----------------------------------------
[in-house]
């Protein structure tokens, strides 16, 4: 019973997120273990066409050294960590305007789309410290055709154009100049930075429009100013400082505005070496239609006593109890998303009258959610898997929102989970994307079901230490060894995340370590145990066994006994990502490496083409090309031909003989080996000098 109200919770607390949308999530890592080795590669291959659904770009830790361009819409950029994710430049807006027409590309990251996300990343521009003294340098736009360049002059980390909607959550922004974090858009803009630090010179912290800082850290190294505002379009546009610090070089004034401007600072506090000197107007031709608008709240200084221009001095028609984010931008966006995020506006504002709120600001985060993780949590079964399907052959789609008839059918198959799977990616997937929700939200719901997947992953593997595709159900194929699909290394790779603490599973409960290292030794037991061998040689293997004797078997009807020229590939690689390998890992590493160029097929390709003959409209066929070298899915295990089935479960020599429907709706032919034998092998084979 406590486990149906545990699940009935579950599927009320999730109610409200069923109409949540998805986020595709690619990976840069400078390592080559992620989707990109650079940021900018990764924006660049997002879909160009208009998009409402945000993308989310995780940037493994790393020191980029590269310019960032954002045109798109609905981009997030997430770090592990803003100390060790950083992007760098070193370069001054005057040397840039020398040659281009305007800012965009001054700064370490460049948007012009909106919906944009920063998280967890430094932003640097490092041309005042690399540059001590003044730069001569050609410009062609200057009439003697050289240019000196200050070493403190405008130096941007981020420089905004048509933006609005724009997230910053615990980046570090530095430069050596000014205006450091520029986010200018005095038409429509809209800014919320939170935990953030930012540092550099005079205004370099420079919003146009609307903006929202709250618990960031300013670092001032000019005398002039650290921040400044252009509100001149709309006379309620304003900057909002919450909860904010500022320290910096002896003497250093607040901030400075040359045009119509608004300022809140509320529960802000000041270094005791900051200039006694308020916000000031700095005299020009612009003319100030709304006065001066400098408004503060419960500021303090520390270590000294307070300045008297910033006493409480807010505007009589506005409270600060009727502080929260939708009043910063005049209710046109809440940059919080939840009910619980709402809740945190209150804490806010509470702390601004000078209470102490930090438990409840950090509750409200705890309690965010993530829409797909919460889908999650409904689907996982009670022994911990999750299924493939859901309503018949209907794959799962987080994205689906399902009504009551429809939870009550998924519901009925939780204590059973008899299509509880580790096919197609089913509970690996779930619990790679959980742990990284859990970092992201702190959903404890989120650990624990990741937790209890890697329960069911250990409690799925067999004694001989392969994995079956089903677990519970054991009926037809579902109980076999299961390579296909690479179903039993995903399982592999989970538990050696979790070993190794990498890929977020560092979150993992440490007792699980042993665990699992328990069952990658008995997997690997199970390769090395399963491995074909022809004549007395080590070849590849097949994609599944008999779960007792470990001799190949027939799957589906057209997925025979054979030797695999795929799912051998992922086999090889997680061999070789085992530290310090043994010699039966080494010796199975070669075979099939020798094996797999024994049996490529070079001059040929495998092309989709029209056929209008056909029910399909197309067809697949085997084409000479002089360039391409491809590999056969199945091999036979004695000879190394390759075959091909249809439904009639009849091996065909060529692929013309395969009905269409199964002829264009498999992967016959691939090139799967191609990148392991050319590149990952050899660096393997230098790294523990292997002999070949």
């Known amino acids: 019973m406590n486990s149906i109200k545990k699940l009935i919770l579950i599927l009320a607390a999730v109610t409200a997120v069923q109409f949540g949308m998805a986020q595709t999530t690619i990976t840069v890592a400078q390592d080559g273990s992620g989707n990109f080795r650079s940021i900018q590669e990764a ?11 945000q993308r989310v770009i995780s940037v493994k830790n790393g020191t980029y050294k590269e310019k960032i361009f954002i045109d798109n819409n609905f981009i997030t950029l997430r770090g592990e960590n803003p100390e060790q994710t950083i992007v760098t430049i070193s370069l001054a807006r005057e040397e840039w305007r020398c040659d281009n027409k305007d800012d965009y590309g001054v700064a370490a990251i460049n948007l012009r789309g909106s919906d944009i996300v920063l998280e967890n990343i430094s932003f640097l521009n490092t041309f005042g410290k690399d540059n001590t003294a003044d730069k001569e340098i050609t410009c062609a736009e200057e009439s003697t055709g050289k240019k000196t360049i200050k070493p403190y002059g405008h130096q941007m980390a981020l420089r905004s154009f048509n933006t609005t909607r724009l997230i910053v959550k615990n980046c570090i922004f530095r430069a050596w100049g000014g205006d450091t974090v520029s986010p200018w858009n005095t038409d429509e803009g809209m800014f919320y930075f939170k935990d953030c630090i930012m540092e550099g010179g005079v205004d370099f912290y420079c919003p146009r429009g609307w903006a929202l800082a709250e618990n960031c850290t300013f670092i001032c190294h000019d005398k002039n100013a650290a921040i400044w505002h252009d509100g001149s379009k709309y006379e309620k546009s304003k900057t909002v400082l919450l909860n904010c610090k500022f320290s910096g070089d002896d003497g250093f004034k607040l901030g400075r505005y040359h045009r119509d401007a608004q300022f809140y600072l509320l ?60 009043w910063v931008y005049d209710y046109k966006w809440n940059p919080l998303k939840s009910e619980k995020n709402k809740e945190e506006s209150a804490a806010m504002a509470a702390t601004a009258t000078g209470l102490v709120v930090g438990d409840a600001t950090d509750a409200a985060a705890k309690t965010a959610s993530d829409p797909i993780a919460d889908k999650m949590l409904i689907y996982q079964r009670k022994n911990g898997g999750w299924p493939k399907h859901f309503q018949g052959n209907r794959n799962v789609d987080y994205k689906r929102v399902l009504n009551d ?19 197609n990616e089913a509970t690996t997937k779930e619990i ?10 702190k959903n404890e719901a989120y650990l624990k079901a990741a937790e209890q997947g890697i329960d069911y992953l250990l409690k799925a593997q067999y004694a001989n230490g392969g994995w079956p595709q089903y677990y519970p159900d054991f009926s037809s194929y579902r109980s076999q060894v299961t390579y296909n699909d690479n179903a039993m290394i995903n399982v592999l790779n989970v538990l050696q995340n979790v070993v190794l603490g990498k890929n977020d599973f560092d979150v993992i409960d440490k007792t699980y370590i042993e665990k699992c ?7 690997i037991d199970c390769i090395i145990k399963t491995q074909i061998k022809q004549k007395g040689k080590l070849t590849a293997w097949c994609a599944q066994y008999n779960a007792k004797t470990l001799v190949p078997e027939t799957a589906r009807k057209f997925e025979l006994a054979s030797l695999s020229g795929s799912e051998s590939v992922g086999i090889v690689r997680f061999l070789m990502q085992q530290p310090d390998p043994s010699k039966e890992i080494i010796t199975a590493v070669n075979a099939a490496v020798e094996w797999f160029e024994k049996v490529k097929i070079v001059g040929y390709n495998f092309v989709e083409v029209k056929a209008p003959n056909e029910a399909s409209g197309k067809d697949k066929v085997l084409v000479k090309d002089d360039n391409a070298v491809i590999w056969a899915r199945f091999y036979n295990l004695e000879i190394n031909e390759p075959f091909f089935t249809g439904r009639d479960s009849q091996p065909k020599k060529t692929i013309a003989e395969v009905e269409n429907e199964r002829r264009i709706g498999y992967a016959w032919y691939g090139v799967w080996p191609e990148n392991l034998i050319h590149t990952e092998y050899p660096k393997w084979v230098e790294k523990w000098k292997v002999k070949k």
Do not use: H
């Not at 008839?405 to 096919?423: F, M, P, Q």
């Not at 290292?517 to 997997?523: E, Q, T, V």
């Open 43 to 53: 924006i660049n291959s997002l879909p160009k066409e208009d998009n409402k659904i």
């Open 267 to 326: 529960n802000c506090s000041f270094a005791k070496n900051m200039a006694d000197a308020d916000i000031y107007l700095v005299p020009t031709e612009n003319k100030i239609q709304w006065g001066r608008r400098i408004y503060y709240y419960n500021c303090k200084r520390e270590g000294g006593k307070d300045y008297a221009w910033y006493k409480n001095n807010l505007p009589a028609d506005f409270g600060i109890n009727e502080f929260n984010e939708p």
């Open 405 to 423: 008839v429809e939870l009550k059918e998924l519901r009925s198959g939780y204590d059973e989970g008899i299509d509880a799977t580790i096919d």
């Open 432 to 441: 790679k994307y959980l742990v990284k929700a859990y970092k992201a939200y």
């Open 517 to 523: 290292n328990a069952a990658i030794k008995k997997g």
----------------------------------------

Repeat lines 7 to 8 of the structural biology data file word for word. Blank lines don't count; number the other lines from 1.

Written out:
């Open 43 to 53: 924006i660049n291959s997002l879909p160009k066409e208009d998009n409402k659904i």
């Open 267 to 326: 529960n802000c506090s000041f270094a005791k070496n900051m200039a006694d000197a308020d916000i000031y107007l700095v005299p020009t031709e612009n003319k100030i239609q709304w006065g001066r608008r400098i408004y503060y709240y419960n500021c303090k200084r520390e270590g000294g006593k307070d300045y008297a221009w910033y006493k409480n001095n807010l505007p009589a028609d506005f409270g600060i109890n009727e502080f929260n984010e939708p």